by Carla Freccero
Aired March 23, 2004
Now playing at the Del Mar in Santa Cruz, Spartan is the latest
David Mamet film, starring Val Kilmer as Scott, a Special Operations
guy who is forced, for the first time on one of his assignments,
to think about what he has been asked to do.
Called in from the field because of the kidnapping of the president's
daughter, Scott is sent to find the girl (Laura Newton, played
by Kristen Bell) and instead finds himself caught in a web of
intrigue and double-cross, where people are completely dispensable
and politicians are completely evil. Well, we already knew that,
right, and Scott somehow never thought about it before. He just
did what he was told. But then he seems surprised and eventually
he's even moved by human sympathy which, in the context of his
character as it is initially drawn-and in the context of this
actor too-is completely baffling. But never mind. Since the
narrative depends entirely upon the twists and turns of plot
that are also supposed to be a surprise, I don't think I can
tell much more of the story.
There's something absorbing about these characters, even though
in many ways they don't make sense. Derek Luke (from Antwone
Fisher and Pieces of April) plays Curtis, a young recruit who
first assists Scott on his assignment, and proves to be brilliant,
observant, and smarter than Scott because younger and less cynical.
But also, unfortunately, more prone to fatal mistakes. Likewise
Jackie Black, played by Tia Texada, another enthusiastic and
courageous young recruit whose sympathy for Laura's caretaker
leads her to inspire her fellow soldier ("green to green"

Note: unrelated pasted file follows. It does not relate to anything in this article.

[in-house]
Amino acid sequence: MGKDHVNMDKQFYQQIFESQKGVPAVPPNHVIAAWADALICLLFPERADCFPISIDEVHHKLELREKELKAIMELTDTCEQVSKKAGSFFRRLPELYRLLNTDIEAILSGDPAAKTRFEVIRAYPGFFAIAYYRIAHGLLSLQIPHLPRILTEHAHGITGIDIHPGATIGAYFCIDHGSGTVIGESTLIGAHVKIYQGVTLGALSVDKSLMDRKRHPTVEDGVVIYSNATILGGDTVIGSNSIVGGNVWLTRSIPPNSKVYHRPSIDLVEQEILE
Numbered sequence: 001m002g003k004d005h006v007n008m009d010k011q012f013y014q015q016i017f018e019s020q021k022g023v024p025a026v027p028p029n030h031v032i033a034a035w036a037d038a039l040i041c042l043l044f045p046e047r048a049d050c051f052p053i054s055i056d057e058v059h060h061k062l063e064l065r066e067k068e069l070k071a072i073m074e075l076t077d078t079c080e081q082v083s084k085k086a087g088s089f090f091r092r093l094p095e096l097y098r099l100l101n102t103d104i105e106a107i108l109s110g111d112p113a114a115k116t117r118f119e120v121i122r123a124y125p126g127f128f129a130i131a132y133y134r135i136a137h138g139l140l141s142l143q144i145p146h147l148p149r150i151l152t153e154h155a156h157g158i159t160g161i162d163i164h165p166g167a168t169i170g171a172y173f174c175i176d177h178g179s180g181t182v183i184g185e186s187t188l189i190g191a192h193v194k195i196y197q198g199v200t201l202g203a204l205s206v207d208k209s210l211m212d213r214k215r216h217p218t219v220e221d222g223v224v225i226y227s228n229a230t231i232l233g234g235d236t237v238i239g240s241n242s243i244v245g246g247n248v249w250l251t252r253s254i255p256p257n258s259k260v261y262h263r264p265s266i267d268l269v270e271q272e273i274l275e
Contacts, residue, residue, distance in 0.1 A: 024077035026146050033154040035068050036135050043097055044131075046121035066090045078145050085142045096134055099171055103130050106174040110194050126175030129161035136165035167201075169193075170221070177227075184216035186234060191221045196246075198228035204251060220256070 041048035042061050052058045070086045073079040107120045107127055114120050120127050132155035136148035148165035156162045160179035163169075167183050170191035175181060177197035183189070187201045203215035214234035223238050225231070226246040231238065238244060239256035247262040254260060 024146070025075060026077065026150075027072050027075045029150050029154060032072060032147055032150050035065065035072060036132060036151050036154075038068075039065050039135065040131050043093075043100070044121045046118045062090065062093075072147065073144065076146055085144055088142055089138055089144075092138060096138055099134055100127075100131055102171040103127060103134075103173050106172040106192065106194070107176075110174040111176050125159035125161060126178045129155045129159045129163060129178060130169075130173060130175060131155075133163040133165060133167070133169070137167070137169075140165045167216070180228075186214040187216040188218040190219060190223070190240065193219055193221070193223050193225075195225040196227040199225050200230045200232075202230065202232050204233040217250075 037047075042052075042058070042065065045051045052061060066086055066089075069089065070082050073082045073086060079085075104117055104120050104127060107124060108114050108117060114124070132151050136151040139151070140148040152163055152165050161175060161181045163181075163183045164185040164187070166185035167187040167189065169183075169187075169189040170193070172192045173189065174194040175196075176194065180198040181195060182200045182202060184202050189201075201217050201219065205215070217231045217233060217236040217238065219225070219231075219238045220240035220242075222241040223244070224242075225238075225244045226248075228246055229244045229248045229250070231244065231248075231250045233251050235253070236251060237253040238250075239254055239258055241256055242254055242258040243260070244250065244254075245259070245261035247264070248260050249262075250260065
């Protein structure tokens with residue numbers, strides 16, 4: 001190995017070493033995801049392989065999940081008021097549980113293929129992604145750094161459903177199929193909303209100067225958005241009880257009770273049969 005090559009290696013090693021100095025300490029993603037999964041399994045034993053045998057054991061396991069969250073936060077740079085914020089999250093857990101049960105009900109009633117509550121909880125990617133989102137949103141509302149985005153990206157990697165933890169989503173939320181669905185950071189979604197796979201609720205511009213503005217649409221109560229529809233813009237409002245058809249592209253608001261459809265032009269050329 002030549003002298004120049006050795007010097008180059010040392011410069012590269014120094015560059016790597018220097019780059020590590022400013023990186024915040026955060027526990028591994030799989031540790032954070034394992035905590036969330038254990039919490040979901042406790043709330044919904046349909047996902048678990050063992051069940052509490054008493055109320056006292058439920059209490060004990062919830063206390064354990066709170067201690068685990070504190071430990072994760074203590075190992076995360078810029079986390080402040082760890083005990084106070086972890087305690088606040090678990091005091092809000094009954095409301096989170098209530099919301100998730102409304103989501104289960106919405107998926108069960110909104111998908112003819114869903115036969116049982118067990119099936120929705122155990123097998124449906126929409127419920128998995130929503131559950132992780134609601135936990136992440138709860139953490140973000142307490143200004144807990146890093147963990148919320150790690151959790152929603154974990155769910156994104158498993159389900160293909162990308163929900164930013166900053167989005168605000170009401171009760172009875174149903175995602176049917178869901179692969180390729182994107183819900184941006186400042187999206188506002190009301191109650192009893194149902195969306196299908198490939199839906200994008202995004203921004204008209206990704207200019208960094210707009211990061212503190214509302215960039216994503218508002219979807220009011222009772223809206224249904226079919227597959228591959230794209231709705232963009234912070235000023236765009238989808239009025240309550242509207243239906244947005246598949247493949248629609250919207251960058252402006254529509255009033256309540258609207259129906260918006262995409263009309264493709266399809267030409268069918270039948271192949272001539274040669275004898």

she says) in his rescue mission. In fact, the younger folk-both,
it should be noted, people of color-both have the role of reinspiring
goodness, faith and initiative in the seasoned but cynical hardened
warrior. Is this a national allegory? Well, then they should
take note, because all those good qualities don't protect you
And speaking of bullets, there's a lot of shooting in this movie,
and a lot of violence in general, not really spectacular but
so plentiful it gets to you. Small roles by famous actors-William
Macy and Ed O'Neill among them-keep one entertained and the
dialogue, hopelessly stilted in Mamet's characteristic way,
nevertheless is intriguing enough to elicit a puzzled "huh?"
every once in a while. Although some might enjoy the novelty
of Mamet's theatrical scriptwriting, especially when inserted
into such an unlikely genre-spy thriller-I found it grating,
all the more so in that Kilmer's delivery seemed unintentionally
deadpan. In fact, besides Macy, I thought the best actor was
Kristen Bell who, after all, has a pretty tiny role to play
as the implausibly too-tough president's daughter.
All in all, while the movie doesn't drag, it doesn't have a
lot to offer either. I suggest you give it a miss. Looking for
trouble at the movies, for KUSP and the film gang, this is Carla